People tend to take to essay collections in different ways. They’re not always easy to devour in one go, but when something as incredibly impactful as The Good Immigrant comes your way, you’re going to want to. Narrated by the authors of the essays, this audiobook will walk you through discussion on what it means to be 'other'; what it means to be an immigrant in the UK right now. Led by some of the most exciting voices in the UK, you’ll hear about the ridiculous, humorous, upsetting and resonant experience of being people of colour in a society that defaults our simple presence to be 'bad'.
The Goldfinch by Donna Tartt

Read by: David Pittu

Length: 32 hours and 25 minutes

Listen while: in the car, on a long drive that you're really not looking forward to.

This prize winner is about to hit our screens for a film adaptation. If you still can’t face re-attempting to read the book for the 17th time in the last five years (it’s very long and much of 2014 was spent being asked whether or not we'd read it yet), perhaps you’ll find listening to the thriller/mystery/coming-of-age action without having to carry the physical weight of the narrative around with you. Thirteen-year-old Theo Decker moves in with a rich family after his mother dies in a terrorist attack at an art gallery. From the wreckage he steals a small but valuable painting that both haunts and comforts him over the following 14 years.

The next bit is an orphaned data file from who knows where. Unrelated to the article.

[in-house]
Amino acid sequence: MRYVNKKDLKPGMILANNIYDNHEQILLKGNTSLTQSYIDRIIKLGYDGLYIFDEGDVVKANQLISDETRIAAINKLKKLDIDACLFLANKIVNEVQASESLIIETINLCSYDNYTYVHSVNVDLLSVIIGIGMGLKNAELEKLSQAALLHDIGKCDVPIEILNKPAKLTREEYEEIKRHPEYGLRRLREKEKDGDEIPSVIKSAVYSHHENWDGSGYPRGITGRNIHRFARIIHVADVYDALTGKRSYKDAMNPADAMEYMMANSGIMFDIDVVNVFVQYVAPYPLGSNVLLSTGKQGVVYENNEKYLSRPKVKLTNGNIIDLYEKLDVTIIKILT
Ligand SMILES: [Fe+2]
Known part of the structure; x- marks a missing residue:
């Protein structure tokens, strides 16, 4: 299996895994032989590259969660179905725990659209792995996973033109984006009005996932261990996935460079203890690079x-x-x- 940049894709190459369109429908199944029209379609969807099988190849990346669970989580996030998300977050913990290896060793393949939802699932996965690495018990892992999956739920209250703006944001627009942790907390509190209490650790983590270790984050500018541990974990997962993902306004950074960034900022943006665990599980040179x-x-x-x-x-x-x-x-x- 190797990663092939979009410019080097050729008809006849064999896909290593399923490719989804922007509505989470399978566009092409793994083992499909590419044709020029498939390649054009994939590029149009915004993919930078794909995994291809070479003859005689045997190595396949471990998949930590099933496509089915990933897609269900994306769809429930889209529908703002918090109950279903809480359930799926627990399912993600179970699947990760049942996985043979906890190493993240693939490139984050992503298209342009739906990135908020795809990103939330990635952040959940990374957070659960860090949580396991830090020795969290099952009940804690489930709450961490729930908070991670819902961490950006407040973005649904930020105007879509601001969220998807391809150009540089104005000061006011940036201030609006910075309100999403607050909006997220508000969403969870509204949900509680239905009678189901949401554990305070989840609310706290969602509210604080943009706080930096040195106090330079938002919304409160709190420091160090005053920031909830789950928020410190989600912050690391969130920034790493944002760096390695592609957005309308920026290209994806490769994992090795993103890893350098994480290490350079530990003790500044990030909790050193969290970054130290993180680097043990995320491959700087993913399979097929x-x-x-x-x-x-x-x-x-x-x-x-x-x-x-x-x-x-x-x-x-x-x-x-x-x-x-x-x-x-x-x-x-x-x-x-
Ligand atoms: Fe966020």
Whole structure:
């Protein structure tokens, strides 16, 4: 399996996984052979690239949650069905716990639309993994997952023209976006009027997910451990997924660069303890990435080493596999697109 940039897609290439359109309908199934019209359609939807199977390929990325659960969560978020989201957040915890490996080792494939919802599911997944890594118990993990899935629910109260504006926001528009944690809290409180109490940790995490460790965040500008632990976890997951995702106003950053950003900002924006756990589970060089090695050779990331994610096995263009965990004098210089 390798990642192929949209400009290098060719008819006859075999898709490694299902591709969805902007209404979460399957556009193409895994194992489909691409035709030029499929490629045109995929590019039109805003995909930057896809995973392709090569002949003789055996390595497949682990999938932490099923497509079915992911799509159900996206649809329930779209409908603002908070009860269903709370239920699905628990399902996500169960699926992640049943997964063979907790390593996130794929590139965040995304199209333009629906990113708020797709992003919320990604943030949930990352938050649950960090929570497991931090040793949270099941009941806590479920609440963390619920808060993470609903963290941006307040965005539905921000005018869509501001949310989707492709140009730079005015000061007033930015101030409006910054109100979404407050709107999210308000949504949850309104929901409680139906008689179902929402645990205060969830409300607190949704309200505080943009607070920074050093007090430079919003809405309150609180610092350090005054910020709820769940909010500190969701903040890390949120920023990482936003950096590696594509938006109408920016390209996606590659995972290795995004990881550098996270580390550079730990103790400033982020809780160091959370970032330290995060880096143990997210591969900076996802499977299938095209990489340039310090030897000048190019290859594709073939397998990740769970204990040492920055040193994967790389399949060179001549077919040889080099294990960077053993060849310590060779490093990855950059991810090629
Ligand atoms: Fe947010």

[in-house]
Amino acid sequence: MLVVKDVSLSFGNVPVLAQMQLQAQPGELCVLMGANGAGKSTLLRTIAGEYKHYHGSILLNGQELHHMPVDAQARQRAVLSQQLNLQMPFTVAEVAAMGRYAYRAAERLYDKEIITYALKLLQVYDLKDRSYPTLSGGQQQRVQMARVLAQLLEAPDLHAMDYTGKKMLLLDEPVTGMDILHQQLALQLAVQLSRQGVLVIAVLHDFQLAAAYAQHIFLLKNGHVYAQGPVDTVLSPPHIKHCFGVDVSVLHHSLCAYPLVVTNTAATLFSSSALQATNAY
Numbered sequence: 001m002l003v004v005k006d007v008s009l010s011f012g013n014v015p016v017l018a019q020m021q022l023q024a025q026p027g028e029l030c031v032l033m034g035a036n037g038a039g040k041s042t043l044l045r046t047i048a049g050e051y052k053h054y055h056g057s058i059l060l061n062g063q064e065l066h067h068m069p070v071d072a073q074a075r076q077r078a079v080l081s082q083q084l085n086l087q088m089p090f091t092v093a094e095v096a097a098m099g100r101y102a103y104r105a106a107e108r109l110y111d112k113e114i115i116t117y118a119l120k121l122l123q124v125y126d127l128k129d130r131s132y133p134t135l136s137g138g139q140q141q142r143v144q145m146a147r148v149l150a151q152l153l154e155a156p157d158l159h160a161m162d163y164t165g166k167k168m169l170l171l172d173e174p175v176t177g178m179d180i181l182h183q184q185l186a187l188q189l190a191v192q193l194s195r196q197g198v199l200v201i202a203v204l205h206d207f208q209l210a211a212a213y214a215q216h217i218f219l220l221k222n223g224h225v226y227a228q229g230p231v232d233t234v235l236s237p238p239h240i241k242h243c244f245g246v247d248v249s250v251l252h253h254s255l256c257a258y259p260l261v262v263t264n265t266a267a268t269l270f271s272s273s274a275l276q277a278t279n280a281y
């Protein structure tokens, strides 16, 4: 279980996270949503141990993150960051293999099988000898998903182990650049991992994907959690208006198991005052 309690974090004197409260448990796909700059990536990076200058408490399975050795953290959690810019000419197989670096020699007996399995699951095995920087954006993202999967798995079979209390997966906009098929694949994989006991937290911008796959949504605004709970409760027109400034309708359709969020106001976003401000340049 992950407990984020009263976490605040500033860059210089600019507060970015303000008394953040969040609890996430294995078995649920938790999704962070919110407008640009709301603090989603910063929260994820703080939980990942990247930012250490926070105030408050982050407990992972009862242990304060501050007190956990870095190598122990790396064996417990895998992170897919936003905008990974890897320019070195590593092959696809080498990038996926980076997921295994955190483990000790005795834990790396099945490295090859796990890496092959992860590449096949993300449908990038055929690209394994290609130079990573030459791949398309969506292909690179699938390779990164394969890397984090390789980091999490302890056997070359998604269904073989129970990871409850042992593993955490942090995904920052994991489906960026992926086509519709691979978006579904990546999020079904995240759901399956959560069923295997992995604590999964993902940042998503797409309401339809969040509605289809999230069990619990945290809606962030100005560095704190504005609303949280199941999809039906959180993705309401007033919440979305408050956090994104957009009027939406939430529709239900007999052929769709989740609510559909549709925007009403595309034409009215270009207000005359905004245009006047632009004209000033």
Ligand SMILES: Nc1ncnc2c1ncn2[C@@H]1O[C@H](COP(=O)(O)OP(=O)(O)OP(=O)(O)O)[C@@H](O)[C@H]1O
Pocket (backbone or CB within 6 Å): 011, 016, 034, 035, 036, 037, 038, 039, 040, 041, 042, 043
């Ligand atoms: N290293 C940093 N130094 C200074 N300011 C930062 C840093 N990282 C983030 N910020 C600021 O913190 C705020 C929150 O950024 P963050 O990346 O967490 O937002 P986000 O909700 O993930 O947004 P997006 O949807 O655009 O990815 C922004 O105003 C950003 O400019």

Jane Eyre by Charlotte Brontë

Read by: Thandie Newton

Length: 19 hours and 10 minutes

Listen while: getting ready for bed.

We're all vaguely familiar with the story of Jane Eyre, but how many of us actually read the novel? Like, properly read it outside the confines of GCSEs and disruptive English classrooms? Not as many of us as you may have been led to believe. But your fleeting knowledge of the story – Jane is an orphan in northern England, becomes a governess, meets Mr Rochester and a tragic romance ensues – makes it the perfect accompaniment to an end of day unwind. Also, having Thandie Newton talk you to sleep is never a bad thing.